Our History, from the Ground Up….

The first raised flower garden was planted on the Northridge campus in 2013. Originally planted for her Macro Photography class, Kathryn (Kat) Watts-Martinez from the Department of Professional Photography wanted her students to have interesting subjects to photograph as well engage and learn from their surroundings. After the first garden was established and full of blooms Cameron Keel and Kat decided to see if other departments might be interested in adopting the remaining underutilized flower beds to plant and maintain on their own.

It was a huge success, along with enthusiastic support from George Griffith and his amazing crew from the ACC Building and Grounds Department that provided the rich dirt, low water drip line irrigation and drought tolerant plants. Along with the encouragement and support of our Campus Manager Bel Smith the NRG Garden Group was established. We were able to adopt out all 48 raised beds and 25 container gardens to 18 departments and students. Creating a true “community garden”.

After several years of dedicated gardeners planting the proper variety of food and habitat for the Monarch Butterflies, the Northridge campus has been awarded certification of being a Monarch Migratory Waystation Habitat. These are places that provide resources necessary for monarchs to produce successive generations and sustain their migration. Our hope would be that someday all ACC campus’s would provide habitat and eventually become a “Monarch District”.

As we plan for 2017 we are partnering with the National Wildlife Federation Monarch  and Education Outreach and the City of Austin Nature-Based Conservation Programs to assist our NRG garden group with resources for our garden project. This would include introducing us to growers and companies that supply the proper milkweed  for our region. Introduce us to garden stewards that have graduated from the NWF monarch garden training that have offered to work with us to increase and maintain our habitat with tips on organic insect treatment, selecting the proper nectar plants and shelter areas.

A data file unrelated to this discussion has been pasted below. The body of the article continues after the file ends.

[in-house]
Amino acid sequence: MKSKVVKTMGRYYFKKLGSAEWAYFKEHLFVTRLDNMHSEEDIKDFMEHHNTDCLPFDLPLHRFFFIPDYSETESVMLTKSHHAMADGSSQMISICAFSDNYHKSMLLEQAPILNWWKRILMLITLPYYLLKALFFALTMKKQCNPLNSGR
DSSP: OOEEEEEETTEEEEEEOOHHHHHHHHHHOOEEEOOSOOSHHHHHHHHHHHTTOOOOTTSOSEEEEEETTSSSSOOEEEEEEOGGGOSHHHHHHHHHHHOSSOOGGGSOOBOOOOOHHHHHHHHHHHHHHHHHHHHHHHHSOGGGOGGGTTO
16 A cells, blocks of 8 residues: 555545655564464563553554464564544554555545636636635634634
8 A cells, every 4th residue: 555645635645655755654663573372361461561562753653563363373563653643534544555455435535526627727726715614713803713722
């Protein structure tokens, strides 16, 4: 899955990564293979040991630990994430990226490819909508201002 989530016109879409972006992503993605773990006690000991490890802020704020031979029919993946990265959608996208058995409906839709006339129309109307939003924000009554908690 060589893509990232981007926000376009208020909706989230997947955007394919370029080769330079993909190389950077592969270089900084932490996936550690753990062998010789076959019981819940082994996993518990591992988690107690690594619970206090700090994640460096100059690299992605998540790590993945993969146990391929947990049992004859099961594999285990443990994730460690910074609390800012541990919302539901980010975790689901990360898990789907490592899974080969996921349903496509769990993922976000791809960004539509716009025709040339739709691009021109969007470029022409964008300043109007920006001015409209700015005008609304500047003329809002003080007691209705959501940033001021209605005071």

The City of Austin Nature-Based Conservation Program has offered to introduce us to local monarch garden resources including professionals from the Ladybird Wildflower Center and Zilker Botanical Gardens.

Our hope is that with the knowledge gained we can share the information to other campus garden groups.

Special Thanks to the following gardens for their dedication, sweat and hard work. Deanna Whaley, Melissa Bucuk, Zhna Sharp and Eva Busch without whom none of this beautiful growth would have been possible.
Participating Departments 2016
  • Advising
  • Architectural and Engineering Computer Aided Design
  • Biology
  • Campus Manager’s Office
  • Campus Police
  • Chemistry
  • Counseling Office
  • Game Development, Animation, and Motion Graphics
  • Government
  • Information Technology
  • Kinesiology
  • Learning Lab
  • Math
  • Office for Students with Disabilities
  • Professional Photography
  • Physics
  • Radio-Television and Film
  • Visual Communications